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Soil biota generates carbon that exports vertically to the atmosphere (CO2) and transports laterally to streams and rivers (dissolved organic and inorganic carbon, DOC and DIC). These processes, together with chemical weathering, vary with flow paths across hydrological regimes; yet an integrated understanding of these interactive processes is still lacking. Here we ask: How and to what extent do subsurface carbon transformation, chemical weathering, and solute export differ across hydrological and subsurface structure regimes? We address this question using a hillslope reactive transport model calibrated using soil CO2 and water chemistry data from Fitch, a temperate forest at the ecotone boundary of the Eastern temperate forest and mid-continent grasslands in Kansas, USA. Model results show that droughts (discharge at 0.08 mm/day) promoted deeper flow paths, longer water transit time, carbonate precipitation, and mineralization of organic carbon (OC) into inorganic carbon (IC) (∼98% of OC). Of the IC produced, ∼86% was emitted upward as CO2 gas and ∼14% was exported laterally as DIC into the stream. Storms (8.0 mm/day) led to carbonate dissolution but reduced OC mineralization (∼88% of OC) and promoted DOC production (∼12% of OC) and lateral fluxes of IC (∼53% of produced IC). Differences in shallow-versus-deep permeability contrasts led to smaller difference (< 10%) than discharge-induced differences and were most pronounced under wet conditions. High permeability contrasts (low vertical connectivity) enhanced lateral fluxes. Model results generally delineate hillslopes as active CO2 producers and vertical carbon transporters under dry conditions, and as active DOC producers and lateral carbon transporter under wet conditions.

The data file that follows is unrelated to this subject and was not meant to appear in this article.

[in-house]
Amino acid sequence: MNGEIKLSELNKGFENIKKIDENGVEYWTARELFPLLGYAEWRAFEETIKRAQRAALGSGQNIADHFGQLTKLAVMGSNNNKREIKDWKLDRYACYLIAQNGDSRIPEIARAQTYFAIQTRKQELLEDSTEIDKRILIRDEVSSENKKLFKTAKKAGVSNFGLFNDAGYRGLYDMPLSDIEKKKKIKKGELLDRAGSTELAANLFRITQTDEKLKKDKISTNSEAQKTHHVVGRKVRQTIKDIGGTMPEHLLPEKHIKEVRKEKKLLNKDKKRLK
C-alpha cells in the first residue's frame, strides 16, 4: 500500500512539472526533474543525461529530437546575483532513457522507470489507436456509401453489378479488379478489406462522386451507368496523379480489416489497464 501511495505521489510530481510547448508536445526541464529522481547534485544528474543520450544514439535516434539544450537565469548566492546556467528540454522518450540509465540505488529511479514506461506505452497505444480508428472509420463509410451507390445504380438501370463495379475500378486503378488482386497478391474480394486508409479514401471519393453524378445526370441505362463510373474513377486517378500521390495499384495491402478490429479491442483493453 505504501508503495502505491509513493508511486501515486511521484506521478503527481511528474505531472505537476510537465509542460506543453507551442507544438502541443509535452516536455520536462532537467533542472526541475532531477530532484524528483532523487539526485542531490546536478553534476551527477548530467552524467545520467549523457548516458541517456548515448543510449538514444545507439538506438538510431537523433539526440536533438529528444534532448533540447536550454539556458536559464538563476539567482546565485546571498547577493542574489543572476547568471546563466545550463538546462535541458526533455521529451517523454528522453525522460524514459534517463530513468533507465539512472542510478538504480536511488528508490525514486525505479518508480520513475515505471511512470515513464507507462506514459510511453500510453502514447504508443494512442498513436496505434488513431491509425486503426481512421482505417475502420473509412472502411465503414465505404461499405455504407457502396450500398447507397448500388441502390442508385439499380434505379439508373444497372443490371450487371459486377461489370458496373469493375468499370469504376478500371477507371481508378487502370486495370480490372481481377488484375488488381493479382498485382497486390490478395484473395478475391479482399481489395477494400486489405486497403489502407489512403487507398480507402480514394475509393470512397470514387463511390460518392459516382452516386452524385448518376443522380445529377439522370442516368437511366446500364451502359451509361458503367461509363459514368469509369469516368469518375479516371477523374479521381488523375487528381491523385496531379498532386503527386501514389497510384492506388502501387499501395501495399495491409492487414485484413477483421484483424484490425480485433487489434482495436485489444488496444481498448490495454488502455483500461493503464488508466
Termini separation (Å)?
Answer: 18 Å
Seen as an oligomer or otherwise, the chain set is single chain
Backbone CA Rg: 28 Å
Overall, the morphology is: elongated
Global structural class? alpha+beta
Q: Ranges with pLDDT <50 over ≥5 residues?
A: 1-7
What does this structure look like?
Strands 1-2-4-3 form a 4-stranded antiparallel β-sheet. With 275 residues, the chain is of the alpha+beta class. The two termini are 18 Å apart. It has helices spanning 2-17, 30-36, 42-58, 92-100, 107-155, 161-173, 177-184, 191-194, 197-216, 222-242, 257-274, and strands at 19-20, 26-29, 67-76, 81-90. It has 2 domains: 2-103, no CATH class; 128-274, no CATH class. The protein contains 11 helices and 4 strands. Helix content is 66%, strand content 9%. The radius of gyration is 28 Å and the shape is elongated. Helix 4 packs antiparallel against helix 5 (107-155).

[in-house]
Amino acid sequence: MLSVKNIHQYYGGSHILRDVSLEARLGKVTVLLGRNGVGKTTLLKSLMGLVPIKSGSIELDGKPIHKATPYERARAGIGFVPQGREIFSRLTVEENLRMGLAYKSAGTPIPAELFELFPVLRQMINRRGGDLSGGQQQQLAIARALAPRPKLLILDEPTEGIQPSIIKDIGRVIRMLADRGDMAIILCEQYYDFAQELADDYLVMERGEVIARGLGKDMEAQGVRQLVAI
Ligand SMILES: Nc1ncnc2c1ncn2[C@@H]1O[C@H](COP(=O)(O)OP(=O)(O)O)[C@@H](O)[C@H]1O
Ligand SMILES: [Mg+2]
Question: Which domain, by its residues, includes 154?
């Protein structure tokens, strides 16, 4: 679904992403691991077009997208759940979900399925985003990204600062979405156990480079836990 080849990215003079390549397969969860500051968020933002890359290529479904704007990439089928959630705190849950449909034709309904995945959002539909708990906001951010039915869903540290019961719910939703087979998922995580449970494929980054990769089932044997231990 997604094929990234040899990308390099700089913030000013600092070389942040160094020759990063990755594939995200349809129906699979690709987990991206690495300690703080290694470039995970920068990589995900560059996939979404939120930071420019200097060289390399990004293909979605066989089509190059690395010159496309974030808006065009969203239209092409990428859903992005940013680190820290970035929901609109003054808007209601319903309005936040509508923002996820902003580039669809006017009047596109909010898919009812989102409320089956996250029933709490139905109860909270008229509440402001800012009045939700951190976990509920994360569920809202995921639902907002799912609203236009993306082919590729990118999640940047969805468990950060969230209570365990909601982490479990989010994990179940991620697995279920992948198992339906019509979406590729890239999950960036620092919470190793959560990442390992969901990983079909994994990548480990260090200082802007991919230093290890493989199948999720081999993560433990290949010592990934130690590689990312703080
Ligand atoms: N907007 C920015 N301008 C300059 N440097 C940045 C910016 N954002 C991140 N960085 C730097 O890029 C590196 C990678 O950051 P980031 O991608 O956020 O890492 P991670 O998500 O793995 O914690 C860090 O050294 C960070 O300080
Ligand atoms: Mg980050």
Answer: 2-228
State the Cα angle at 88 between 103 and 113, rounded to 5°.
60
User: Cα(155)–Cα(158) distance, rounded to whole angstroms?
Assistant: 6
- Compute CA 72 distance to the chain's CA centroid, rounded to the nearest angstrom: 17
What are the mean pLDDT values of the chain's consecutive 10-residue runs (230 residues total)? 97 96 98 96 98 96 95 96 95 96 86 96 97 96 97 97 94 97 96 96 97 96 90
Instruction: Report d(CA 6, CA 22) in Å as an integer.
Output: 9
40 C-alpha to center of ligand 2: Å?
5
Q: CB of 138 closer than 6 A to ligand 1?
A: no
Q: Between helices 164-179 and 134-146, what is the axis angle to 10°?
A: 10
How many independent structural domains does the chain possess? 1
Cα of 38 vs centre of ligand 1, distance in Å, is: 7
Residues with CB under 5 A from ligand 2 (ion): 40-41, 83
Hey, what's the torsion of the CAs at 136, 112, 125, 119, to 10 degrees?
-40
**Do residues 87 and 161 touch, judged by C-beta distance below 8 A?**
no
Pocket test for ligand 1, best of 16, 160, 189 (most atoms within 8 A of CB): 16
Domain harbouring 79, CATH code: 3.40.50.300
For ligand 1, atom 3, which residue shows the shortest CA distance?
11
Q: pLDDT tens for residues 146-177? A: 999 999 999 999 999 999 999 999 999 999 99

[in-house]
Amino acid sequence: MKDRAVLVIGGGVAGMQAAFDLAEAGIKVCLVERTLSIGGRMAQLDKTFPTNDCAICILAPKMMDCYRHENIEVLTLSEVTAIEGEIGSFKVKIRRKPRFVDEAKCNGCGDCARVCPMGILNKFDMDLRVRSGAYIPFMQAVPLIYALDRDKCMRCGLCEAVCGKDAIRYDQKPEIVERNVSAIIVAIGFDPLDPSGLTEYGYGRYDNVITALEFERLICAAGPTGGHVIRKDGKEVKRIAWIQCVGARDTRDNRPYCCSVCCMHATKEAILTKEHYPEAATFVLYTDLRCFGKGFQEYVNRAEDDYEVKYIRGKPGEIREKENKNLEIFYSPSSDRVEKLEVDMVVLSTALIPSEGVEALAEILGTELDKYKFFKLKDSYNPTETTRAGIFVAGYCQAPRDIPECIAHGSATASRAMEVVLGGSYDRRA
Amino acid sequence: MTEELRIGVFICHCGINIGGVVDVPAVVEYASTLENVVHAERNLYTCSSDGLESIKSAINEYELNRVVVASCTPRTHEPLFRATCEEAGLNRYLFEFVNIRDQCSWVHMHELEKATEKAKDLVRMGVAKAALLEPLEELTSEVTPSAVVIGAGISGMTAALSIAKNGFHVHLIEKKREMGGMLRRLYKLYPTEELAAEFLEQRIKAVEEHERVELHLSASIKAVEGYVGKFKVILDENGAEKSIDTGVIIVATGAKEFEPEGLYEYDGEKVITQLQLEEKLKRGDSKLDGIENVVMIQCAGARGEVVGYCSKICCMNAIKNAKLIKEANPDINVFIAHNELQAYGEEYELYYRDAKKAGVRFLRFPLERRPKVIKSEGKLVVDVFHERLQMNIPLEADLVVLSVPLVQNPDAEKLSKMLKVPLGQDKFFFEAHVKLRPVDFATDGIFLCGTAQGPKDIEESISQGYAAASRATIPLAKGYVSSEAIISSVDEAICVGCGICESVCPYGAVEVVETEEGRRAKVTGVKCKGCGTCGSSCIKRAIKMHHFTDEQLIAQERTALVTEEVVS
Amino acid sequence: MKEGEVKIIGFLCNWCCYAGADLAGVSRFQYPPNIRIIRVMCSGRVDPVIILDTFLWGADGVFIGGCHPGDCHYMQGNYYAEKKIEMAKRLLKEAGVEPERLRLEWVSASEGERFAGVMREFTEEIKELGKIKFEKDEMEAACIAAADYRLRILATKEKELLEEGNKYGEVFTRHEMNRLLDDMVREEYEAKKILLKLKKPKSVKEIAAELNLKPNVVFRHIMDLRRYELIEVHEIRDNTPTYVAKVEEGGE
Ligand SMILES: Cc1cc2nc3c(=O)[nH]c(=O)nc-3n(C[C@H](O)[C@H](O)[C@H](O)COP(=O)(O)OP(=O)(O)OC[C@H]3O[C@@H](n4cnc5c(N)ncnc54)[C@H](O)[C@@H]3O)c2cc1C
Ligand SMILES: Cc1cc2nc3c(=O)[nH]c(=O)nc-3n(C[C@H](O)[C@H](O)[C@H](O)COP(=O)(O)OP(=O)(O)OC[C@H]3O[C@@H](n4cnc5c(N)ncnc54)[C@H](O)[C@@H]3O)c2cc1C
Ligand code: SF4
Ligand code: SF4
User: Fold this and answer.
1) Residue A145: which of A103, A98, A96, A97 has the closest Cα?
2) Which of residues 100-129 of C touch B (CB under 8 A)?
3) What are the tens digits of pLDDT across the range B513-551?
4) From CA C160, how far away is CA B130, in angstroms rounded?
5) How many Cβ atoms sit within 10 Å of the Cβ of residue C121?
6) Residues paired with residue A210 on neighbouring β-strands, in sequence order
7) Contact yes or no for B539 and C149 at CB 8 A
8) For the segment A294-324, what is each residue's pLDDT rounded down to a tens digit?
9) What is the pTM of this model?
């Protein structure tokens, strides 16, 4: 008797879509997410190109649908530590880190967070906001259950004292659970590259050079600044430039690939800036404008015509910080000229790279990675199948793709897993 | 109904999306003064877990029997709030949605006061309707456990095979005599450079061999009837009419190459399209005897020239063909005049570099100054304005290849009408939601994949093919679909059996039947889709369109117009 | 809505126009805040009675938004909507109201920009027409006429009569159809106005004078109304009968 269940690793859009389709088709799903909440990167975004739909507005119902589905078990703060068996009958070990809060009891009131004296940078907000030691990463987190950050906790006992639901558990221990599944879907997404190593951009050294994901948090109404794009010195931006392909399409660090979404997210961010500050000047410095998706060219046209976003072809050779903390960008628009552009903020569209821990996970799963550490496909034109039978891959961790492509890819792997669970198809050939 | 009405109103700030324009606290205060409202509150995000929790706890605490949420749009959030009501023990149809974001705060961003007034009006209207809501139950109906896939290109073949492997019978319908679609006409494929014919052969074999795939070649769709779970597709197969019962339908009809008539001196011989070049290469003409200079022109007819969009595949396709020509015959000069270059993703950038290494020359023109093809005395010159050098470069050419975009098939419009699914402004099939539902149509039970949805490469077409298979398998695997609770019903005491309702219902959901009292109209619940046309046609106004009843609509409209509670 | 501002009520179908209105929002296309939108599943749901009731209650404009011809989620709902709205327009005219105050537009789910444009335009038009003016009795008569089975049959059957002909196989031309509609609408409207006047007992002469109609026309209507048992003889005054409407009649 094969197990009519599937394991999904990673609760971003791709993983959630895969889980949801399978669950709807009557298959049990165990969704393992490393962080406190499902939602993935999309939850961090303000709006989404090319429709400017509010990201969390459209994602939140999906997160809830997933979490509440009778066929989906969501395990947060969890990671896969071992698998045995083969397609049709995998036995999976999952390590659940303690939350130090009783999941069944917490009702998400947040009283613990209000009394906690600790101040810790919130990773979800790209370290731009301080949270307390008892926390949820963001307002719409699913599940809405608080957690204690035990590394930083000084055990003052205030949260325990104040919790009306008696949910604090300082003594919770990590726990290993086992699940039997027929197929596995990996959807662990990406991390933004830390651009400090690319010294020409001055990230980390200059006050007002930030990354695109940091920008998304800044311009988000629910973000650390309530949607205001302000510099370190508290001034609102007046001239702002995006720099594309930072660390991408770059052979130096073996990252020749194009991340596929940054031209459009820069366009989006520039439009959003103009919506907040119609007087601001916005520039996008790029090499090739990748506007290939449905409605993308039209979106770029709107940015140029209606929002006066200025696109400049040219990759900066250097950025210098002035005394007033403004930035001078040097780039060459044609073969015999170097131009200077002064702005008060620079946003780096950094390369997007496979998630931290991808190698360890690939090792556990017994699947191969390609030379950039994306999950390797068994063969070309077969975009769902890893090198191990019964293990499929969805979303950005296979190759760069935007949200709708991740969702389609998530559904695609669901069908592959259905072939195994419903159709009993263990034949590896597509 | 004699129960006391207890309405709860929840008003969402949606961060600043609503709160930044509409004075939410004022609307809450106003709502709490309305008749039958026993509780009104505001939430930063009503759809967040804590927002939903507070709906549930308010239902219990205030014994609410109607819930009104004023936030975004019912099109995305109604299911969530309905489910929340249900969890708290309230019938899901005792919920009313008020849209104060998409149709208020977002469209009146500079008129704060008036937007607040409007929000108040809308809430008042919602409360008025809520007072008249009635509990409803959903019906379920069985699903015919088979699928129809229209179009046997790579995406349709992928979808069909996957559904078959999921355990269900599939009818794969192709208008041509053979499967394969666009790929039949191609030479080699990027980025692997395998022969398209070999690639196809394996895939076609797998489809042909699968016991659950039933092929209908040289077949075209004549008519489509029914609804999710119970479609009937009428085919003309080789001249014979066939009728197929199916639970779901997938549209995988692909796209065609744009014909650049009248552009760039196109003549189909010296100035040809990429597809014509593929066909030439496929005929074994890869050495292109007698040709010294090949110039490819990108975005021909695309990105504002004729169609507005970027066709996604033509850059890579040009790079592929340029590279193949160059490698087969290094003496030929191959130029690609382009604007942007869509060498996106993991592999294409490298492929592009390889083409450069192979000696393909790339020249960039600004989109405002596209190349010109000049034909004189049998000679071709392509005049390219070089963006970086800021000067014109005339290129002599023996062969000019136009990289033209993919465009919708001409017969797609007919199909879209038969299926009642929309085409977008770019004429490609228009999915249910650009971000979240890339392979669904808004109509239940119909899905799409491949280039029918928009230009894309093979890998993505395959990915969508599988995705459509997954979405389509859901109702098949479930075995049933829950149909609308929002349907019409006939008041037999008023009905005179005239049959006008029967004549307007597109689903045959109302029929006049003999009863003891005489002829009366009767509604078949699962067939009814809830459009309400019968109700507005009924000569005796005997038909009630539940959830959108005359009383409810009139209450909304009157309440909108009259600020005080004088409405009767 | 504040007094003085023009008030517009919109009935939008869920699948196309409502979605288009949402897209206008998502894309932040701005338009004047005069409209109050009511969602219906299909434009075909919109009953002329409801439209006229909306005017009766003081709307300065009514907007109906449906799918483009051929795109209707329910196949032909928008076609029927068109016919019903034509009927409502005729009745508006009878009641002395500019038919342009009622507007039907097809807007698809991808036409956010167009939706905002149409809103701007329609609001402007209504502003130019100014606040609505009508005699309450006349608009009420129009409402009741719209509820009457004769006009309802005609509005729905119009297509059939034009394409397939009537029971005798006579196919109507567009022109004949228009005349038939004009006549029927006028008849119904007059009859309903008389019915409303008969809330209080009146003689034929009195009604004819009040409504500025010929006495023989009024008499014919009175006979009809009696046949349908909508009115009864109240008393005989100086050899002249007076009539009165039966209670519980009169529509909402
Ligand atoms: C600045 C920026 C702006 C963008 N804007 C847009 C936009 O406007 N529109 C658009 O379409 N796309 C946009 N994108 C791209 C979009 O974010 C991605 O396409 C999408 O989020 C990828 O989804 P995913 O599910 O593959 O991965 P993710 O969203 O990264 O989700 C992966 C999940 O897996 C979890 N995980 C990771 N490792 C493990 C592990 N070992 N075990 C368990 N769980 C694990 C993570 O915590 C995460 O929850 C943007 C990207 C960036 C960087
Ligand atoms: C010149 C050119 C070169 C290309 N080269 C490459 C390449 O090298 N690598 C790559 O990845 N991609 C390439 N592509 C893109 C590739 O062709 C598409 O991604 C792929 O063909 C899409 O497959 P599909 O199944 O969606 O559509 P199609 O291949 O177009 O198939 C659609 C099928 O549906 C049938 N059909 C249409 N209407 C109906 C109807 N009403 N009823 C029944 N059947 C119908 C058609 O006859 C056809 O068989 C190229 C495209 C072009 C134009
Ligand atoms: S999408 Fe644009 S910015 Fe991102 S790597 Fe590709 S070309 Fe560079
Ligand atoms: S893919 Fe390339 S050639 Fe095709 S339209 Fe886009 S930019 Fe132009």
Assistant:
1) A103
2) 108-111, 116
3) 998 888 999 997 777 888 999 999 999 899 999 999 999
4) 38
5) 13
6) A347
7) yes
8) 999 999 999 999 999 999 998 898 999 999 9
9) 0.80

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Creative Commons Attribution 4.0 International License
This work is licensed under a Creative Commons Attribution 4.0 International License.